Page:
Black and white photograph of a cbin in Itasca State Park built by the Civilian Conservation Corps, ca. 1940.
Black and white photograph of a cbin in Itasca State Park built by the Civilian Conservation Corps, ca. 1940.
Black and white photograph of the 1939 swinging bridge over St. Louis River, Jay Cooke State Park, ca. 1950.
Black and white photograph of the 1939 swinging bridge over St. Louis River, Jay Cooke State Park, ca. 1950.
Color image of a Civilian Conservation Corps shirt worn by Fred Fretheim of CCC Company 3707, Two Harbors, Minnesota, ca. 1936–1937.
Color image of a Civilian Conservation Corps shirt worn by Fred Fretheim of CCC Company 3707, Two Harbors, Minnesota, ca. 1936–1937.
Color image of a Conservation Corps knapsack used by Fred Fretheim, CCC Company 3707, Two Harbors, Minnesota, ca. 1936–1937.
Color image of a Conservation Corps knapsack used by Fred Fretheim, CCC Company 3707, Two Harbors, Minnesota, ca. 1936–1937.
Color image of a Civilian Conservation Corps pennant owned by Fred Fretheim, ca. 1936–1937. Hand printed on the hoist edge is "company 2707/Minn/1936-7."
Color image of a Civilian Conservation Corps pennant owned by Fred Fretheim, ca. 1936–1937. Hand printed on the hoist edge is "company 2707/Minn/1936-7."
Color image of a Sterling silver Civilian Conservation Corps ring with CCC logo flanked by an eagle and shield on opposing ends. Logo is engraved with "3707/ and "EAF". Worn by Fred Fretheim of Company 3707, Two Harbors, MN, ca. 1936–1937.
Color image of a Sterling silver Civilian Conservation Corps ring with CCC logo flanked by an eagle and shield on opposing ends. Logo is engraved with "3707/ and "EAF". Worn by Fred Fretheim of Company 3707, Two Harbors, MN, ca. 1936–1937.
Black and white scan of the CCC Oath, from The CCC at work. A story of 2,500,000 young men, 1941.
Black and white scan of the CCC Oath, from The CCC at work. A story of 2,500,000 young men, 1941.
Black and white scane of a daily CCC camp schedule from Handbook of instruction for enrollees, 1939.
Black and white scane of a daily CCC camp schedule from Handbook of instruction for enrollees, 1939.

Turning Point

In 1935, enrollment in the CCC reaches its peak at 500,000 nationally and 18,500 in Minnesota.

Chronology

March 31, 1933

Congress passes the Emergency Conservation Work Act and appropriates funds.

April 5, 1933

President Franklin D. Roosevelt signs Executive Order 6101, "Relief of Unemployment through Performance of Useful Public Works."

April 22, 1933

Camps start recruiting Local Experienced Men: older men with needed skills to lead work teams.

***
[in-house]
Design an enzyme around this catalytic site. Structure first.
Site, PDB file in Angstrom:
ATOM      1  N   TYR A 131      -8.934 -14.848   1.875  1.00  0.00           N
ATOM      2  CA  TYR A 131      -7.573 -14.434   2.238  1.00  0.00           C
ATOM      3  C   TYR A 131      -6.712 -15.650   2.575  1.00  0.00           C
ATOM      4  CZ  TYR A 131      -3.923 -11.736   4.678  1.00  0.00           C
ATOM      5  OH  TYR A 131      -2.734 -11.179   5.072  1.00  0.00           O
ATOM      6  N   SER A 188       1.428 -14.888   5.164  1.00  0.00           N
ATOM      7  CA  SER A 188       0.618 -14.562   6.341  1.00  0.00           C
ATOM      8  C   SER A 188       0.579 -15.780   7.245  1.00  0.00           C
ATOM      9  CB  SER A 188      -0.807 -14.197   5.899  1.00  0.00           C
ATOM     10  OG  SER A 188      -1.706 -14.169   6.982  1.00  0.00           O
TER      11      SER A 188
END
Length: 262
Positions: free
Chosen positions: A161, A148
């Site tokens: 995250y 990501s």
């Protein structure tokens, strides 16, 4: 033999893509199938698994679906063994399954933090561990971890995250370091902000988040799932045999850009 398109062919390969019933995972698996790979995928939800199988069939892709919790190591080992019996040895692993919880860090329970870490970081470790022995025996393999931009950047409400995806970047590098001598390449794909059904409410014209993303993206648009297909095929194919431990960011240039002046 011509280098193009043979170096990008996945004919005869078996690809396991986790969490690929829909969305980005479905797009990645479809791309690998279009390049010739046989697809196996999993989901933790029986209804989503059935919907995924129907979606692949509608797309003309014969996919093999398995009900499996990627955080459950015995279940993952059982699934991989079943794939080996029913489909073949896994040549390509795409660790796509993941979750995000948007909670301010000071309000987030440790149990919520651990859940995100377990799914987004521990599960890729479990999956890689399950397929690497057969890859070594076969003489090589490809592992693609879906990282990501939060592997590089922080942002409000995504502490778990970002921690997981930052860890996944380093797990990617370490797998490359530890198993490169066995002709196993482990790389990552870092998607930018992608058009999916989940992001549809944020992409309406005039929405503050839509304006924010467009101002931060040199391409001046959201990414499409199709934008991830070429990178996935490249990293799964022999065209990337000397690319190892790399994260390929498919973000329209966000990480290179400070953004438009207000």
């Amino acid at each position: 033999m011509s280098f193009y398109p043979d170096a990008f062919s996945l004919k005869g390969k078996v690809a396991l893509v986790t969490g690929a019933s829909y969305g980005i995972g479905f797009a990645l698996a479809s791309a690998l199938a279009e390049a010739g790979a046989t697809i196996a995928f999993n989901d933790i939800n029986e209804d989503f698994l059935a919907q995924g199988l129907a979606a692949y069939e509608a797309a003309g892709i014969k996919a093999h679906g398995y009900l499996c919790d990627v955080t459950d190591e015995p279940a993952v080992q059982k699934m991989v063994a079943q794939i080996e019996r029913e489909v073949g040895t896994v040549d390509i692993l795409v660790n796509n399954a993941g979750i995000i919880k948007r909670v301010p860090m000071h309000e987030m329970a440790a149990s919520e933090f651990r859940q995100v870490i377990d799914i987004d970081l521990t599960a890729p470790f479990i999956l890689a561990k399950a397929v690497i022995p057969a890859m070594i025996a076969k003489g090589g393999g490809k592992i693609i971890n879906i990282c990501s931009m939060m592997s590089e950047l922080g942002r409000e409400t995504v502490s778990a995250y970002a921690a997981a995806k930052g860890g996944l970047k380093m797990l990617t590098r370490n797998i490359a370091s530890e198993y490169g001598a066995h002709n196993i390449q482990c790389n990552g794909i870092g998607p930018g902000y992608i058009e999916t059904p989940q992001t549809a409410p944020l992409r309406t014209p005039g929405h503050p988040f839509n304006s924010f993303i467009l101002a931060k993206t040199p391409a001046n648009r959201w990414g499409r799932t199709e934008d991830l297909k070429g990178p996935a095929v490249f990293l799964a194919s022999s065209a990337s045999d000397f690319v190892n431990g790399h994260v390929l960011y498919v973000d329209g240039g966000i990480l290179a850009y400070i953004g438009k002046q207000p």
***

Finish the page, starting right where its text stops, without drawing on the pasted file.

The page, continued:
April 29, 1933

The National Park Service (NPS) encourages Minnesota to plan architectural and landscape features for state parks according to NPS guidelines.

April 1933

Working with the University of Minnesota’s Institute of Agriculture, the CCC creates the first terracing prototypes in Houston and Winona Counties.

May 11, 1933

FDR signs an executive order allowing up to twenty-five thousand World War I veterans to join, with no age or marriage restrictions. Known as the Veterans Conservation Corps, these men are sent to special veterans' camps.

June 1933

Scenic State Park in Itasca County becomes the first CCC state park project.

July 16, 1933

The first Civilian Conservation Corps—Indian Division Camp—opens at Nett Lake.

May 11, 1934

A massive dust storm strikes the Midwest, causing substantial loss of topsoil in southeastern Minnesota due to wind and water erosion.

1934

The national CCC enrollment goal rises to 350,000 due to draught conditions across much of the country.

1935

CCC enrollment peaks. National enrollment reaches 500,000, and the number of Minnesota CCC camps peaks at 104 with approximately 18,500 enrollees.

1937

The Soil Conservation District Law is passed. It continues to regulate more than ninety conservation districts statewide.

1938

The CCC administration in Minnesota issues orders that prohibit African American men from joining Minnesota camps; those previously recruited are sent to camps in Missouri.

Summer 1942

All Minnesota CCC camps close ahead of the federally mandated deadline of June 30, 1943, due to declining enrollment and the need for army staff on active duty for World War II.

July 10, 1943

The CCC-ID closes nationwide, despite protests from American Indian communities.